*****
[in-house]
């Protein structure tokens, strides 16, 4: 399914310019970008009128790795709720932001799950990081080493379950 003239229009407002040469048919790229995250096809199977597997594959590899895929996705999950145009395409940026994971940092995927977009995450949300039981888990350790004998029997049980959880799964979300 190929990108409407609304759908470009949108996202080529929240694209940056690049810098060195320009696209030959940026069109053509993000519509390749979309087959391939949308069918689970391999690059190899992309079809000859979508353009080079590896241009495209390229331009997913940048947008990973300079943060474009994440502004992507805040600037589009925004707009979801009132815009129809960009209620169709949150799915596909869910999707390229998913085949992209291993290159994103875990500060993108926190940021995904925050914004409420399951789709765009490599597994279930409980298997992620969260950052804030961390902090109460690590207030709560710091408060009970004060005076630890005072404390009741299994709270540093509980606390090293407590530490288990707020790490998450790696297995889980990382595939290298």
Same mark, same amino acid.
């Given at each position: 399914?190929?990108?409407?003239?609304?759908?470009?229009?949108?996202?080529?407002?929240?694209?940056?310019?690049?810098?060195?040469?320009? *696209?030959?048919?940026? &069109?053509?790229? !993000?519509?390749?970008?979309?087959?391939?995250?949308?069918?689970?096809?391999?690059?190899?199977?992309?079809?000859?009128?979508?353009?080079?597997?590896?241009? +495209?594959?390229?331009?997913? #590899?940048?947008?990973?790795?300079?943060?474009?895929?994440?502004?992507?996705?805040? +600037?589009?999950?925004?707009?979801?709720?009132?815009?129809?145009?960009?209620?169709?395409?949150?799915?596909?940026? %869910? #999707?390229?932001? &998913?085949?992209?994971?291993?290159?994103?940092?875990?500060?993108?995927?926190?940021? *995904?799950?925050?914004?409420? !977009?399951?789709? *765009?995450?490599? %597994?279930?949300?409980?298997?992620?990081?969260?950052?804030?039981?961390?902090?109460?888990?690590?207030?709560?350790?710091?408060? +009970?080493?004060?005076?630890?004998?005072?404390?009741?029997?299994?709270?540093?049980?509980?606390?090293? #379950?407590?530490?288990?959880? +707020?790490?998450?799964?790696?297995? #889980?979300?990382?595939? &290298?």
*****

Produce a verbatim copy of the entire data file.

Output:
[in-house]
């Protein structure tokens, strides 16, 4: 399914310019970008009128790795709720932001799950990081080493379950 003239229009407002040469048919790229995250096809199977597997594959590899895929996705999950145009395409940026994971940092995927977009995450949300039981888990350790004998029997049980959880799964979300 190929990108409407609304759908470009949108996202080529929240694209940056690049810098060195320009696209030959940026069109053509993000519509390749979309087959391939949308069918689970391999690059190899992309079809000859979508353009080079590896241009495209390229331009997913940048947008990973300079943060474009994440502004992507805040600037589009925004707009979801009132815009129809960009209620169709949150799915596909869910999707390229998913085949992209291993290159994103875990500060993108926190940021995904925050914004409420399951789709765009490599597994279930409980298997992620969260950052804030961390902090109460690590207030709560710091408060009970004060005076630890005072404390009741299994709270540093509980606390090293407590530490288990707020790490998450790696297995889980990382595939290298």
Same mark, same amino acid.
């Given at each position: 399914?190929?990108?409407?003239?609304?759908?470009?229009?949108?996202?080529?407002?929240?694209?940056?310019?690049?810098?060195?040469?320009? *696209?030959?048919?940026? &069109?053509?790229? !993000?519509?390749?970008?979309?087959?391939?995250?949308?069918?689970?096809?391999?690059?190899?199977?992309?079809?000859?009128?979508?353009?080079?597997?590896?241009? +495209?594959?390229?331009?997913? #590899?940048?947008?990973?790795?300079?943060?474009?895929?994440?502004?992507?996705?805040? +600037?589009?999950?925004?707009?979801?709720?009132?815009?129809?145009?960009?209620?169709?395409?949150?799915?596909?940026? %869910? #999707?390229?932001? &998913?085949?992209?994971?291993?290159?994103?940092?875990?500060?993108?995927?926190?940021? *995904?799950?925050?914004?409420? !977009?399951?789709? *765009?995450?490599? %597994?279930?949300?409980?298997?992620?990081?969260?950052?804030?039981?961390?902090?109460?888990?690590?207030?709560?350790?710091?408060? +009970?080493?004060?005076?630890?004998?005072?404390?009741?029997?299994?709270?540093?049980?509980?606390?090293? #379950?407590?530490?288990?959880? +707020?790490?998450?799964?790696?297995? #889980?979300?990382?595939? &290298?």